London’s pollution index hit a 7 on a scale of 1 to 10 Thursday, on its third day of consecutive heavy smog reaching the Docklands and City financial districts.

According to the Department for Environment, Food and Rural Affairs, the pollution has been caused by a number of sources: local emissions, pollutants from the rest of Europe, and even fine sandy dust blown over from the Sahara Desert by air currents. Last month, heavy sandstorms raged throughout the desert that sent sand far into the atmosphere.

Though London’s current haze problem isn’t nearly as bad as the thick, soup-like smog that hung over the city in Victorian times, the European Commission threatened to sue the country due to its lack of monitoring nitrogen dioxide levels in accordance to European standards. A level of 7 is considered quite high; people with heart or lung problems were advised to not exercise until the pollution drops.

However, London doesn’t expect to see a significant reduction in nitrogen dioxide levels for another 11 years. City officials, meanwhile, say they will do their best to mitigate the issue. “I’m suffering too,” Energy Secretary Ed Davey told Parliament Thursday, according to Business Week. “Air pollution is a very serious issue. Most of the analysis shows that the air pollution that is most damaging in the U.K. comes from the transport sector. Clearly we will do everything we can and it makes yet another good reason for going green.”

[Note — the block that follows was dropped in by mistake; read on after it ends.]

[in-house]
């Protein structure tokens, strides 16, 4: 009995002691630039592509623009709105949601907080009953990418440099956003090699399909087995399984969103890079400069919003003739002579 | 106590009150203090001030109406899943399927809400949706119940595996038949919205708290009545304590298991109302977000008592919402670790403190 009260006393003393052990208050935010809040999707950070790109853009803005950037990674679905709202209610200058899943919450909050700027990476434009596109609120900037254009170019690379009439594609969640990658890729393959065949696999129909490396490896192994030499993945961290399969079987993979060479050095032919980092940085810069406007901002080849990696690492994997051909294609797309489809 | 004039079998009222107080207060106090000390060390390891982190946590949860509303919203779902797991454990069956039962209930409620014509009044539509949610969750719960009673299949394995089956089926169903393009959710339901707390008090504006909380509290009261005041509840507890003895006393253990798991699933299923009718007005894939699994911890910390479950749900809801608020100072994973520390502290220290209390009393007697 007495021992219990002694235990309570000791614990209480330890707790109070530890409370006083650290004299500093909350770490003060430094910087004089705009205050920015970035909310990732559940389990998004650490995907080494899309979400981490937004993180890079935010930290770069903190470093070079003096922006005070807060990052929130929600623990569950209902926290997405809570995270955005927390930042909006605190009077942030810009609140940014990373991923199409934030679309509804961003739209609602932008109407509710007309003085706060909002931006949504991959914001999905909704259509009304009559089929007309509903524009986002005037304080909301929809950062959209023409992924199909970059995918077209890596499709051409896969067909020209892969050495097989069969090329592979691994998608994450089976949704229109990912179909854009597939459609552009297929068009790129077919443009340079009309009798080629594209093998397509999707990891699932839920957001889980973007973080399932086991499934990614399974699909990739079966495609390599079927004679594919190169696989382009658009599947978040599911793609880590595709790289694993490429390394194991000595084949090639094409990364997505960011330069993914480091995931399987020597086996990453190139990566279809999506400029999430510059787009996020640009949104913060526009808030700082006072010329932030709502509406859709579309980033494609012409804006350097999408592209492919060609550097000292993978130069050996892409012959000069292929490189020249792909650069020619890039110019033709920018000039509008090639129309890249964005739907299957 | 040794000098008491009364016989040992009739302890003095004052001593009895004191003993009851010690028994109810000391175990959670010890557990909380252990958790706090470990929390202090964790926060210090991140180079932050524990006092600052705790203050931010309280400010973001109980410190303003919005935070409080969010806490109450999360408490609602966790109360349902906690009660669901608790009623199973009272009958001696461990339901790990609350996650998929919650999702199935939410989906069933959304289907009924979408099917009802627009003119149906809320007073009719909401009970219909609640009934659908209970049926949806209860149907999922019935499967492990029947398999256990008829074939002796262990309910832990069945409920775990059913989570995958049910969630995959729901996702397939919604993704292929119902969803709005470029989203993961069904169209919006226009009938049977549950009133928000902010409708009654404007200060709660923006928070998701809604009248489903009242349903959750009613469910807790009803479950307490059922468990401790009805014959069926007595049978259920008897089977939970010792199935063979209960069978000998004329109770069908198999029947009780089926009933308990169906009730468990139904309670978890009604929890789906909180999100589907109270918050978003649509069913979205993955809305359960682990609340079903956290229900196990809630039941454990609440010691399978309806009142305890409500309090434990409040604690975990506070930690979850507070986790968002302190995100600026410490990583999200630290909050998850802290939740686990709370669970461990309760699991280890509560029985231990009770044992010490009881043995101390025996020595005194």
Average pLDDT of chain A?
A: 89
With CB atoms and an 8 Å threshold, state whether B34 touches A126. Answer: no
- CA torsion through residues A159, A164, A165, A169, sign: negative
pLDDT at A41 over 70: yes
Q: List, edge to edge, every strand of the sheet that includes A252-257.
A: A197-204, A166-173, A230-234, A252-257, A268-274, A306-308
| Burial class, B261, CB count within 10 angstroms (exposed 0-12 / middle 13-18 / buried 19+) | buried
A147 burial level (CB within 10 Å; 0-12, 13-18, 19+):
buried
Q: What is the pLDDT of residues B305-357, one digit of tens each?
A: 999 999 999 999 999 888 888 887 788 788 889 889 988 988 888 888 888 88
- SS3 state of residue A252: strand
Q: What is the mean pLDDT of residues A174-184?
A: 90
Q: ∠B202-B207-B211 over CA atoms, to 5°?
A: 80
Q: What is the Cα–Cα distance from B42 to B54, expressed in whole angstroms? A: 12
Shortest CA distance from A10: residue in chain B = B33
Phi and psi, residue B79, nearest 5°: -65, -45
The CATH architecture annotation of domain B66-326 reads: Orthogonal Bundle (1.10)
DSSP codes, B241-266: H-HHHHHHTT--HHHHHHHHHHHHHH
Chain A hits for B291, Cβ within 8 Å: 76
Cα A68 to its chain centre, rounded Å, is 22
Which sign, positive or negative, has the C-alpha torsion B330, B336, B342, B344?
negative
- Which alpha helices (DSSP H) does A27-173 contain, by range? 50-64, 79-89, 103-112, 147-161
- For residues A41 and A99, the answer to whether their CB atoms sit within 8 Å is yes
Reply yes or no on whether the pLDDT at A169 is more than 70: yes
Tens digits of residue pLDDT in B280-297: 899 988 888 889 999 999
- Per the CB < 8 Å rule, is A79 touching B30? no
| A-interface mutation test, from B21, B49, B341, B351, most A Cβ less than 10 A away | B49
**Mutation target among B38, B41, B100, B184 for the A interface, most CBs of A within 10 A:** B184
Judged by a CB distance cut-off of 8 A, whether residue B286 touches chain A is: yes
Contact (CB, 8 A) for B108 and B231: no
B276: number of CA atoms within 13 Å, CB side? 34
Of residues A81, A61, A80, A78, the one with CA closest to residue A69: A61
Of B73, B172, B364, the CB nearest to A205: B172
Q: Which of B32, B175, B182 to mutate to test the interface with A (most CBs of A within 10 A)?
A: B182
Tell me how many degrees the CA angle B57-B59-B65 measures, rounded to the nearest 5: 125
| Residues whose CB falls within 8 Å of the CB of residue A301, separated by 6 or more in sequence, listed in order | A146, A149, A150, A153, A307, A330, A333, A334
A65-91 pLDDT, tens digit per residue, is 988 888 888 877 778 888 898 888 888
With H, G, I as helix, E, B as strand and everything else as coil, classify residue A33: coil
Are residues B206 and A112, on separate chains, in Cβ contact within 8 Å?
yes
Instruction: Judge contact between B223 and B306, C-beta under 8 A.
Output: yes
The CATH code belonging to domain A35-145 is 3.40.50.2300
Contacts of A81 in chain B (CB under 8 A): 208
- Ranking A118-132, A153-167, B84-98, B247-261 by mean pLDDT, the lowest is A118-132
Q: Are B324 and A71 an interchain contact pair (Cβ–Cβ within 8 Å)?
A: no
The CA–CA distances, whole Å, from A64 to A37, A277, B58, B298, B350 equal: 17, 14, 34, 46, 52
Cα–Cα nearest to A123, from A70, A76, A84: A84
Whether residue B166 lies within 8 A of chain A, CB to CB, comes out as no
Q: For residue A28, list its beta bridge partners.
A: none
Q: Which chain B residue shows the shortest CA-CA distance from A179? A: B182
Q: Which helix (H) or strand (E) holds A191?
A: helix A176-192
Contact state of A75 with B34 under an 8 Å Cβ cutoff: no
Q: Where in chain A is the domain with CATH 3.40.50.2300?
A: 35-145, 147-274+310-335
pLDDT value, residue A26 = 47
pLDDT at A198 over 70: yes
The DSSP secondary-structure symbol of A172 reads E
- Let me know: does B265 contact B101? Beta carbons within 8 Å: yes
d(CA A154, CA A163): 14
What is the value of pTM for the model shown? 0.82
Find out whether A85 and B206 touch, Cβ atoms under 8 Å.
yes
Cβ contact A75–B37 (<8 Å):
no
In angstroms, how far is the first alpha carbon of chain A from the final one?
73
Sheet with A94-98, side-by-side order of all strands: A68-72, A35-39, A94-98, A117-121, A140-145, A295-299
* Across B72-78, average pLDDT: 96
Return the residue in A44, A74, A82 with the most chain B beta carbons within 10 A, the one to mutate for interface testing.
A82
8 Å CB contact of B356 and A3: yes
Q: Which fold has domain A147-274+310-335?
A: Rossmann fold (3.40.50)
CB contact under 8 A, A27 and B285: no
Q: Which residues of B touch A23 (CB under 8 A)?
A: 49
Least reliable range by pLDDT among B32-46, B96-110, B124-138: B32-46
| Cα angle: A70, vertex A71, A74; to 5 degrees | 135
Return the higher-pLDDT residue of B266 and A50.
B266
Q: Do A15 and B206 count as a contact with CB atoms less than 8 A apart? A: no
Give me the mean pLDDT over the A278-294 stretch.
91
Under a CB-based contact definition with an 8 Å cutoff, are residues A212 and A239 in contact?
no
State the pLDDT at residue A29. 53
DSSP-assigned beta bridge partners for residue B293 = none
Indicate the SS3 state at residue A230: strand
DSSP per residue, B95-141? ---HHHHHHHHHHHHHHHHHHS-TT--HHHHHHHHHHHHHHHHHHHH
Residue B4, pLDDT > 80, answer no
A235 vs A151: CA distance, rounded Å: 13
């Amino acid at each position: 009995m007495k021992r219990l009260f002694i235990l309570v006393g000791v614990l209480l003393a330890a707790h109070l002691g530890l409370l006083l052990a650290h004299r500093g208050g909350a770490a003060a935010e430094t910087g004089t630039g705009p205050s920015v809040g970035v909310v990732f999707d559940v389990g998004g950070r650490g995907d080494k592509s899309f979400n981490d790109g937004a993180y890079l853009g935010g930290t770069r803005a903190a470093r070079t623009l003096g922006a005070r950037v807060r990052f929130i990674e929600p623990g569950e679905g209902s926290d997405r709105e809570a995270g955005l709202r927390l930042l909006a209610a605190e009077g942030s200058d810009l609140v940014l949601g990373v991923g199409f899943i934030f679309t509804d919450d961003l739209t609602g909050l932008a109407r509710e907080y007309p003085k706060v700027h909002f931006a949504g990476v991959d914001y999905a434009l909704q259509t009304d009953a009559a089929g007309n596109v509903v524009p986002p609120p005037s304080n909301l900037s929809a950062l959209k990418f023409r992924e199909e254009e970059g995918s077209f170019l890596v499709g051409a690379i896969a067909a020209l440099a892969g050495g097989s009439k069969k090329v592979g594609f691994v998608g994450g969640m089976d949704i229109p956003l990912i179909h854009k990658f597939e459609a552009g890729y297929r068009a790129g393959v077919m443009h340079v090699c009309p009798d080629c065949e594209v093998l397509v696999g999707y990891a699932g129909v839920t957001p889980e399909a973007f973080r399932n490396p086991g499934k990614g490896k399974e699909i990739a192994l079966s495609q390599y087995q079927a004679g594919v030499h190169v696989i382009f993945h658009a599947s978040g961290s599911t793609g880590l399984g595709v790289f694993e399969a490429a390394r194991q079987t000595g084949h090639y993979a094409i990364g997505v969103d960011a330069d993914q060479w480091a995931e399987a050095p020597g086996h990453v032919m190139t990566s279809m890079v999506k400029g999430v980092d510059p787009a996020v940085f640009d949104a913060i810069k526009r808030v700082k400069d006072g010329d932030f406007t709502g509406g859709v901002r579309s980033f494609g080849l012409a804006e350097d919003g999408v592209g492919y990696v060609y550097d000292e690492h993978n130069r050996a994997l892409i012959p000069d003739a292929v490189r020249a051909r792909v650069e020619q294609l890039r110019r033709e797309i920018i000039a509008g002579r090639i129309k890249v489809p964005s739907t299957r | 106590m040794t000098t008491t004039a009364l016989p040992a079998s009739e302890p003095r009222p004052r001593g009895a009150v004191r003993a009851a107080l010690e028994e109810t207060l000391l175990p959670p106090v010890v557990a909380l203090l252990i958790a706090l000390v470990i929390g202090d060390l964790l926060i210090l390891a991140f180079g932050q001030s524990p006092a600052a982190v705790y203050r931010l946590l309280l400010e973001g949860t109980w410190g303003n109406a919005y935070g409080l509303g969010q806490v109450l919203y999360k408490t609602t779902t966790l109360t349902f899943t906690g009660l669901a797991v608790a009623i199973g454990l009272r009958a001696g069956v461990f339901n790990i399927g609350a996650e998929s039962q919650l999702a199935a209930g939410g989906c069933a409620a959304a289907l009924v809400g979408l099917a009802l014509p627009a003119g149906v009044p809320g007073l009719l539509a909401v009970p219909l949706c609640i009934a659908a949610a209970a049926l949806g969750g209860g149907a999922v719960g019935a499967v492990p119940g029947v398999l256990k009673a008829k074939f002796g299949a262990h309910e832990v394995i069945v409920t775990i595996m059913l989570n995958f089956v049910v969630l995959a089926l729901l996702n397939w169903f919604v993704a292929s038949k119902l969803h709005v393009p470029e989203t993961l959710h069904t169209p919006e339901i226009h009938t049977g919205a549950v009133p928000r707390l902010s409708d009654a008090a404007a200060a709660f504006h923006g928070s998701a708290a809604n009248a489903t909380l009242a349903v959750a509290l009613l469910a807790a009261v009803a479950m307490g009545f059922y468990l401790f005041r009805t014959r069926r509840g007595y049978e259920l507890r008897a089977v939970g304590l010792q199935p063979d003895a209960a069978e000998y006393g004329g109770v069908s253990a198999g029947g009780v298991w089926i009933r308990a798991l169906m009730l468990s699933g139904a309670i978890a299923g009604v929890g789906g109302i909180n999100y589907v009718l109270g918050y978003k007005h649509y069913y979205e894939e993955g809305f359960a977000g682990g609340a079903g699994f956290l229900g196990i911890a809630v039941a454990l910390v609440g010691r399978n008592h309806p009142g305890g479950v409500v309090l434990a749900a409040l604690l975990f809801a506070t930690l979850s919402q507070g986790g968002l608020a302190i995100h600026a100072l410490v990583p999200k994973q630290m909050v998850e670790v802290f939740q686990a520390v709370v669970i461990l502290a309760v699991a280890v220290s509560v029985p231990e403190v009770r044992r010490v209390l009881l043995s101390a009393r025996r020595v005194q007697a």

There will be both short-term and long-term health consequences of this pollution spell. The immediate effects will manifest as breathing problems for people with asthma; outdoor air pollution can also irritate eyes. There was a 14 percent increase in ER calls among people with breathing problems, according to the London Ambulance Service. Long-term consequences, however, can range from worsened respiratory problems to an increased likelihood of cancer or heart disease.

The World Health Organization (WHO) states the air pollution is the cause of one in eight deaths every year, killing about seven million people worldwide annually. Most of the health problems stem from indoor pollution — like fumes from stoves — but outdoor pollution is nearly just as bad.

Cities in China, and now France, have experienced excessively high levels of air pollution most recently. In March, Paris announced a new traffic system that would ban half of the normal cars from driving in the streets in order to curb the unusually high pollution that was nearly up to par with Beijing. Asian cities in particular have high pollution from industrial causes. “Our worst days here are normal in Beijing,” Ellie Highwood, professor of climate physics at Reading University, told the Financial Times.